The hardest part about being black or any kind of minority in America is, America always wants to change the rules right around the time we start coming up. Every chance we’ve taken to knock down a wall has seemingly stood in front of an even higher, invisible and yet movable wall. Whether it’s economic, legislative or social walls, they’re always there. The intertwining of white supremacy, and the growing moat it keeps enlarging to keep us away from the great American Dream, has many minorities feeling as if we’re fighting an ever moving target. Each time we get the target’s center in our scopes, it somehow gets moved as if we don’t see them moving it. Each step we advance toward it, they methodically change its location. I’ve yet to figure out why such lengths are kept to hold a particular people group in bondage for so long. In all sincerity I’ve got it figured out pretty clearly but that’s for another, much longer, far more pointed piece.
The 2021 national elections were a perfect setup for this very thing. Throughout the country, Minorities and liberal whites showed up in record numbers to select Joe Biden and Kamala Harris as the next leaders of this nation. That sent a very clear message that we can legitimately determine the course of our local and national elections. The most surprising election took place in Georgia when 2 Democratic Senators were elected, thereby altering the makeup and power structure of the U.S. Senate.
In Georgia this past week, as no surprise to me or many other minorities, the Republican-controlled state legislature imposed an even stricter voting law. This law includes redefining which documents will be accepted for voter identification, absentee balloting restrictions, limiting the number of ballot drop boxes and it even went so far as to forbid handing out water and snacks to voters waiting in line. About this, President Biden said, “This is Jim Crow in the 21st century, it must end.” Black leaders around the country have said this law targets black and brown voters and is a battle for equity and representation. In addition, more than 24 Republican-led states are pushing forth bills which attack the right to and the process by which one votes. With great consistency, most of these new laws target mostly minority communities.
There is an obvious attack on the minority right to vote in this country. Whether it be to reduce the number of ballot drop boxes, remove post office sorting machines to delay the mail sorting process, question the legitimacy of a state’s ballot count or hand out water and snacks to those who choose to vote in person, the attack is appalling in its scantily-clad arrogance to uphold voter suppression. If you question who’s behind it, re-examine the January 6 events at the U.S. Capitol and who carried them out. The insurrectionists weren’t there to raise their voices to secure everyone’s right to vote or to support the legitimacy of the electoral process. By and large, they were white supremacists who were mad as hell that they were outnumbered by minorities and liberal whites and even madder that their one-term deity had to pack up and go back to Florida. And if they couldn’t win the election legitimately, they were determined to storm the Capitol to ensure that those who were freely elected could not be confirmed. And if they took out a few cops and senators in the interim, so be it. America, F-yeah!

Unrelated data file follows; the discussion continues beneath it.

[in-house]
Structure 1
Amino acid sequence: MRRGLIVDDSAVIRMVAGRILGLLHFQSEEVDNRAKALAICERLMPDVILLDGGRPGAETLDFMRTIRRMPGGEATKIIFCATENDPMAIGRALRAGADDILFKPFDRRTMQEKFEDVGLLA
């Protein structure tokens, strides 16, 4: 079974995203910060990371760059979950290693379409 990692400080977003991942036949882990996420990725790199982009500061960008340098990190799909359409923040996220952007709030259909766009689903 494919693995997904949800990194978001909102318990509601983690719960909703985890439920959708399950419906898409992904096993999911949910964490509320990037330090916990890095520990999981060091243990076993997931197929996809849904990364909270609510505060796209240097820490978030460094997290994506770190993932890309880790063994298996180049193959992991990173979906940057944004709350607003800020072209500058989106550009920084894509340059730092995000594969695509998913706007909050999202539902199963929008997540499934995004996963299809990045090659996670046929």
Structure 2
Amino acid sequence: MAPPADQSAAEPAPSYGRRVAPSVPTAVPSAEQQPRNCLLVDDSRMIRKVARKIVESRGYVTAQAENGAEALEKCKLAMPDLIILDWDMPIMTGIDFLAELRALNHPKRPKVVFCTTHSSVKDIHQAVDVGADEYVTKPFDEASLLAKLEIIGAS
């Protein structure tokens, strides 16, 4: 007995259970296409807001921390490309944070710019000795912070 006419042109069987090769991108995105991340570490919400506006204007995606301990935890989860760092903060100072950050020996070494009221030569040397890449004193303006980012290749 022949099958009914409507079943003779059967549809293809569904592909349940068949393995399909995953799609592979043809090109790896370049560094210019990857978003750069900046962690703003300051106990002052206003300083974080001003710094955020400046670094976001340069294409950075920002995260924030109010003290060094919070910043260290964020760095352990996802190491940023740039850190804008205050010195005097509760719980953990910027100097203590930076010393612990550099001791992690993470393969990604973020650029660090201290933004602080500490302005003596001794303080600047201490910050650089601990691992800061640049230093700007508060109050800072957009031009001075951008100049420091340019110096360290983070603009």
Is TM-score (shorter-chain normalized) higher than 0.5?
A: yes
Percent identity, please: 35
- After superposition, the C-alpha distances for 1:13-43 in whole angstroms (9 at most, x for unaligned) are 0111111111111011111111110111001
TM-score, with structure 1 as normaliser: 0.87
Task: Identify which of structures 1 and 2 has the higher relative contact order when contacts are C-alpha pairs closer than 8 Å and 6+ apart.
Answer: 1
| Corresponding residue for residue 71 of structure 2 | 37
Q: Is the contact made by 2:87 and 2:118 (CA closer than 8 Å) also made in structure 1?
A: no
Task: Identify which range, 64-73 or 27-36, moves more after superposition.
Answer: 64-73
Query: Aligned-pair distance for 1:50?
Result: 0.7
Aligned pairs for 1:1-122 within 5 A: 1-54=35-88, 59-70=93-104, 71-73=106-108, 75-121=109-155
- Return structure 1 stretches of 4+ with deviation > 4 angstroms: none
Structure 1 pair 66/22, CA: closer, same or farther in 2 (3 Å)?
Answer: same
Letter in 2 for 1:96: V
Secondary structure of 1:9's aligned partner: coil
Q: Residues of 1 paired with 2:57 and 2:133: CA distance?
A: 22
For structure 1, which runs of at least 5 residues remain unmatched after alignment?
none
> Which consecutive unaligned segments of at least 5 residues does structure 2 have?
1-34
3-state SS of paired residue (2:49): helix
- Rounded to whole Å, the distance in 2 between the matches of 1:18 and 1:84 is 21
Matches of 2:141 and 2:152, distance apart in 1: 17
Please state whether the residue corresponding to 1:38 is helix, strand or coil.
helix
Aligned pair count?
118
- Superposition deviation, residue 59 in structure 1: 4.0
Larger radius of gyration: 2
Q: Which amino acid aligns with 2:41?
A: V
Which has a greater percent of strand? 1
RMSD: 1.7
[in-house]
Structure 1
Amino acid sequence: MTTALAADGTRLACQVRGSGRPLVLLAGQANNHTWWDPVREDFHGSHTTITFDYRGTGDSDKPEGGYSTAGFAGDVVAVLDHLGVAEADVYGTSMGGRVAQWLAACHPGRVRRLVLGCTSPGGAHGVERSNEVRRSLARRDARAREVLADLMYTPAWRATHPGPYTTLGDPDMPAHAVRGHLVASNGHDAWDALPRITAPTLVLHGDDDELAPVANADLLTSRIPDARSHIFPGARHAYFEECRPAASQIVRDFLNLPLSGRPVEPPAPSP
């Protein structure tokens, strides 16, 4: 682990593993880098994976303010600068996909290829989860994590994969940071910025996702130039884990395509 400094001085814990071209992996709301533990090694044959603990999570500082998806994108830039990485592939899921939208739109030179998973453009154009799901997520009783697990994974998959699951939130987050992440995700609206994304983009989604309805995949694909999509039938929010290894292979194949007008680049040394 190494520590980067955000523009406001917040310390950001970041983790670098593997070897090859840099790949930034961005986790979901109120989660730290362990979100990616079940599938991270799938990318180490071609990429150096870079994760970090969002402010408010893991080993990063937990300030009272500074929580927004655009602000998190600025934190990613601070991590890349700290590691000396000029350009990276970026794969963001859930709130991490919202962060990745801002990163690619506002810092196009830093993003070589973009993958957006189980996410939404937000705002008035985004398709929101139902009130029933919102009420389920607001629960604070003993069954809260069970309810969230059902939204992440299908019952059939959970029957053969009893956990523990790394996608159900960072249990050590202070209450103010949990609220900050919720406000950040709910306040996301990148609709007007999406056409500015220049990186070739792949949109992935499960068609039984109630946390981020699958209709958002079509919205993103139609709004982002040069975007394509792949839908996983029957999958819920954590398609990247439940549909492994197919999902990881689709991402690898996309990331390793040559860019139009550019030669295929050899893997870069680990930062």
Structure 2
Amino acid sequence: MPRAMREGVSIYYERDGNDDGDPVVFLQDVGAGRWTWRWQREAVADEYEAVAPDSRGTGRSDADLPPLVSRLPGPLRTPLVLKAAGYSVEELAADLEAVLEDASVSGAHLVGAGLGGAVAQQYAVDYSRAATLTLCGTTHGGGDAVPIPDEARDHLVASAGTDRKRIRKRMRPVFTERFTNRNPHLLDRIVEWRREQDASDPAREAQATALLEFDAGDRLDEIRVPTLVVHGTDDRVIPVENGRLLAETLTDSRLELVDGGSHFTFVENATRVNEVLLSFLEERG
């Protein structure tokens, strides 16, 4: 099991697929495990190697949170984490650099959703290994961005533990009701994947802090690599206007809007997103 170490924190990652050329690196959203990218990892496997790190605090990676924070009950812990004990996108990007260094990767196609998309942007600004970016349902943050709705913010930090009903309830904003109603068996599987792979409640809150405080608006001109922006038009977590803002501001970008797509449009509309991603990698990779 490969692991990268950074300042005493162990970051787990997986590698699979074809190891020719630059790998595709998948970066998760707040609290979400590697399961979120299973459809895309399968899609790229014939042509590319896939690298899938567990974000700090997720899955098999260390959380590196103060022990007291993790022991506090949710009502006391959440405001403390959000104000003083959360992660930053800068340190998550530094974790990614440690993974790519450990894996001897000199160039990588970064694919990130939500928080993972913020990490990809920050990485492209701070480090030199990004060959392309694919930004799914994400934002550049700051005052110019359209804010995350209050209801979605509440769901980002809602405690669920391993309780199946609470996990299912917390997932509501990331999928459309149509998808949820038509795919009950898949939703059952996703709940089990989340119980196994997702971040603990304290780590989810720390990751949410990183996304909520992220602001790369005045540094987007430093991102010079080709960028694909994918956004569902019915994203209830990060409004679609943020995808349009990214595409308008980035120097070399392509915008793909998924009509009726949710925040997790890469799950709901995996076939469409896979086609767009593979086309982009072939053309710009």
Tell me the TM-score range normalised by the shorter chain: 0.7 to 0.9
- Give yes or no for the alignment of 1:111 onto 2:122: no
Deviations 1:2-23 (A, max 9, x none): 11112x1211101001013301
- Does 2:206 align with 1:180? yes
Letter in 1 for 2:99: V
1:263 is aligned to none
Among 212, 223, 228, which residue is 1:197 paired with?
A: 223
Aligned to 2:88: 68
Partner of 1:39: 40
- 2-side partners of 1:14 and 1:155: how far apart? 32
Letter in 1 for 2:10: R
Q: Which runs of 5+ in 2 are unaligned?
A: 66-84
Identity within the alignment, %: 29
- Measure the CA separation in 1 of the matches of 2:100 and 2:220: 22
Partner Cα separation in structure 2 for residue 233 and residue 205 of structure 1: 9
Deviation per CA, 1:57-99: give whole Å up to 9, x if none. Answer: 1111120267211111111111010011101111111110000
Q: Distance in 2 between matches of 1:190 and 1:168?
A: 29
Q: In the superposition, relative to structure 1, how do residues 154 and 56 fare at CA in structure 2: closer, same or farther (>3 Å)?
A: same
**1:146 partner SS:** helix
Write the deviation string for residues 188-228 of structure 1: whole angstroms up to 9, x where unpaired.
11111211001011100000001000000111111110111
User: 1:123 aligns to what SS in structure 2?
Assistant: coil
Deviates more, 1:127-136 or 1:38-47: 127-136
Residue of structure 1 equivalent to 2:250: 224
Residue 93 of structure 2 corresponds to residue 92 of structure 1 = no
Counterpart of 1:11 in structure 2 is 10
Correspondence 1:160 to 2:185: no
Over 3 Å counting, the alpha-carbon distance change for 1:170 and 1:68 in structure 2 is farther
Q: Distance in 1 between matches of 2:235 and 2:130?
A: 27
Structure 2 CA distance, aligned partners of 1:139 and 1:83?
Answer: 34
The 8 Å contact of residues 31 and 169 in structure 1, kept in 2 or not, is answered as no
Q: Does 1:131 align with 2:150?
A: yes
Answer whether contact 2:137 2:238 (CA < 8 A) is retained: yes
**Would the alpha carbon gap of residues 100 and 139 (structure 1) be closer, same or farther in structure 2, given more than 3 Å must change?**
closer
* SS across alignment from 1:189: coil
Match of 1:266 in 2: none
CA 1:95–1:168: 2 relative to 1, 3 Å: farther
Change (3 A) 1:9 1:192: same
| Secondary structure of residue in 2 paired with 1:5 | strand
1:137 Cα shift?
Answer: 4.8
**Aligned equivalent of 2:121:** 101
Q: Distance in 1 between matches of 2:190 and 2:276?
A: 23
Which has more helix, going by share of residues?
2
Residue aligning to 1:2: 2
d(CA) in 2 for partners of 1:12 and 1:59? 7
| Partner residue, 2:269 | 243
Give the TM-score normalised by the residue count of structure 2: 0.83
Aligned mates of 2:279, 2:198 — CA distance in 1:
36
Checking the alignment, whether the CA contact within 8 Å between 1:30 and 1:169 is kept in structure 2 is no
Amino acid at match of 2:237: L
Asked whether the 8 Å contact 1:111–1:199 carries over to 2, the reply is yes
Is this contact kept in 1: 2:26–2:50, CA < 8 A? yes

So now what? The election’s over, Biden’s President and Georgia has 2 Democratic Senators. I know. How bout they change the laws, state by state, to make sure something like this never happens again? Introducing the latest Ever Moving Target. Exhibit A: We targeted slavery and got freed from it. That was followed by the Black Codes of the South which restricted our movements and forbid us the right to vote. Exhibit B: We protested for the right to vote and received it. We use our voices to vote and, again, they move the target to make it even harder for us to vote in future elections. This has to be stopped.
Built on the free and cheap-labored backs of minorities, America must be coerced, even if by one vote and one scream at a time, to tear down the poisonous buttresses which hold up the walls of white supremacy. With that in mind, our white brothers and sisters, who see what’s going on, are going to have to consistently stand up and say something about the ills of our land. To simply stand in the shadows and give ear and money to “the cause” is not enough. It’s actually tantamount to doing nothing at all. And for many of us that’s one of the hardest pill to swallow.
You count us as friends but, as you move in silence, your walls are the hardest to knock down.
Scott Mayo is a 35-year, Grammy-nominated studio musician and record producer who resides in Pasadena.